A modern retelling of Oscar Wilde's classic masterpiece. In the wealthy and vain hedonist Dorian Gray, painter Basil Hallward has found his muse. Only when Dorian's portrait begins to age, ... See full summary »
In Victorian London, a beautiful young man is given a portrait of himself by an admiring artist. Soon after this, he treats a young woman cruelly and then notices that his portrait seems to... See full summary »
Writer Georges Duroy (George Sanders) is one social-climbing S.O.B. who does most of his climbing over the warm (and cold) bodies of women. He begins with Rachel (Marie Wilson), a hanger-on... See full summary »
Years after her aunt was murdered in her home, a young woman moves back into the house with her new husband. However, he has a secret that he will do anything to protect, even if it means driving his wife insane.
In 1886, in Victorian London, the corrupt Lord Henry Wotton (George Sanders) meets the pure Dorian Gray (Hurd Hatfield) posing for talented painter Basil Hallward (Lowell Gilmore). Basil paints Dorian's portrait and gives the beautiful painting and an Egyptian sculpture of a cat to him, while Henry corrupts his mind and soul, telling him that Dorian should seek pleasure in life. Dorian wishes that his portrait could age instead of him. Dorian goes to a side show in the Two Turtles in the poor neighborhood of London, and he falls in love with singer Sibyl Vane (Dame Angela Lansbury). Dorian decides to marry her and tells Lord Henry, who convinces him to test the honor of Sibyl. Dorian Gray leaves Sibyl and travels abroad, and when he returns to London, Lord Henry tells him that Sibyl committed suicide for love. Throughout the years, Dorian's friends age while he is still the same, but his picture discloses his evilness and corruptive life. Can he still have salvation, or is his soul ...Written by
Claudio Carvalho, Rio de Janeiro, Brazil
The dark musical piece that is heard repeatedly is Frédéric Chopin's "Prelude in D Minor", the last of the twenty-four pieces of "Opus 28". The set is widely regarded as one of the supreme achievements of solo piano composition. In an homage to Johann Sebastian Bach, the twenty-four pieces are written in all of the major and minor keys, beginning with C/A minor and progressing via the circle of 5ths to F/D minor. Chopin was personally the polar opposite to Dorian Gray, a man who struggled with illness and died young, yet left a lasting spiritual legacy that conveys immortality. See more »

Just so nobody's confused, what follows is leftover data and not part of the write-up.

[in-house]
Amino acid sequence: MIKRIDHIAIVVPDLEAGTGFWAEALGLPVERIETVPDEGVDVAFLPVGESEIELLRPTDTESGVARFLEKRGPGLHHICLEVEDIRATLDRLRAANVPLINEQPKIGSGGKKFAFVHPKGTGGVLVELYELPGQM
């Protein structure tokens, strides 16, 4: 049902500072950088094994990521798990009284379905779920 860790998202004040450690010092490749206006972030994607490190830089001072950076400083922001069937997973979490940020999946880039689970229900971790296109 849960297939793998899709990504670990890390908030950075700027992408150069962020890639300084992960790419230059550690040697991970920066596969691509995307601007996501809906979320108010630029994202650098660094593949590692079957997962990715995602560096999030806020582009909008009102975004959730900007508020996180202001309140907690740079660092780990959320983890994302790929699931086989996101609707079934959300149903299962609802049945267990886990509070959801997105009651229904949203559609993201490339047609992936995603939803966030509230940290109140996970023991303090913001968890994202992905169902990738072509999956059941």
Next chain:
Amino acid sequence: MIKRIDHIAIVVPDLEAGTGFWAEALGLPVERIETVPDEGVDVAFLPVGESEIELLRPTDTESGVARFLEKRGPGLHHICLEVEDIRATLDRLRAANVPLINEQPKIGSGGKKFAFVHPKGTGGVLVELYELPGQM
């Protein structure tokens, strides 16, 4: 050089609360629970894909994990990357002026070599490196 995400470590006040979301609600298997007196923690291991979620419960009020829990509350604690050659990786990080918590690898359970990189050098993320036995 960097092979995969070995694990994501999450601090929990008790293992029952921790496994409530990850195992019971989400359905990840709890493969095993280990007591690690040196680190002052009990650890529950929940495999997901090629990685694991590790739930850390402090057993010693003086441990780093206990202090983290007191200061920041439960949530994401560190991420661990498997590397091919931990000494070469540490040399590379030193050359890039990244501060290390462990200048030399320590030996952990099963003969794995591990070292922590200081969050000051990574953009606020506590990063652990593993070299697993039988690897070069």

When Sibyl Vane first catches sight of Dorian while she's performing "Goodbye, Little Yellow Bird," she momentarily stops singing, but her voice can still be heard on the soundtrack. See more »
Lord Henry Wotton:
I'm analyzing women at present. The subject is less difficult than I was led to believe. Women represent the triumph of matter over mind, just as men represent the triumph of mind over morals.
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Older TV prints of "The Picture of Dorian Gray" ran entirely in black-and-white, and did not show the painting in colour. Most current TV broadcasts now show the proper colour inserts. According to some sources, the final shot of the film was also originally shown in colour, but all extant prints show the final shot in black-and-white. See more »
Elegant and Timeless Classic Has Excellent Performances
One of my personal favorites of films of the '40s is this visually striking version raising the art of black-and-white photography to new heights. The sets and costumes and deep-focus photography combine to make even more absorbing the story Oscar Wilde tells of the man whose portrait decays as he himself remains forever youthful. Hurd Hatfield never had a better role and he makes the most of it. George Sanders, Angela Lansbury, Donna Reed, Peter Lawford, Lionel Gilmore, George Sanders, Morton Lowry and many others contribute to the overall excellence of the acting. The period atmosphere of late-Victorian London adds much to the slowly growing horror of the tale. Complaints by others on this message board that the film is too slow or too talky are foolish. If you want action and special effects, see a Clint Eastwood or Bruce Willis film--forget this. But as a compelling and psychological study of a man influenced by evil (personified by George Sanders as Lord Henry), this version is better than any of the others made since. It's chilling, the way Wilde intended, and no one could deliver his cynical yet witty observations about human nature better than George Sanders. By all means, an outstanding film. Should be required viewing as a study of the art of black-and-white cinematography.
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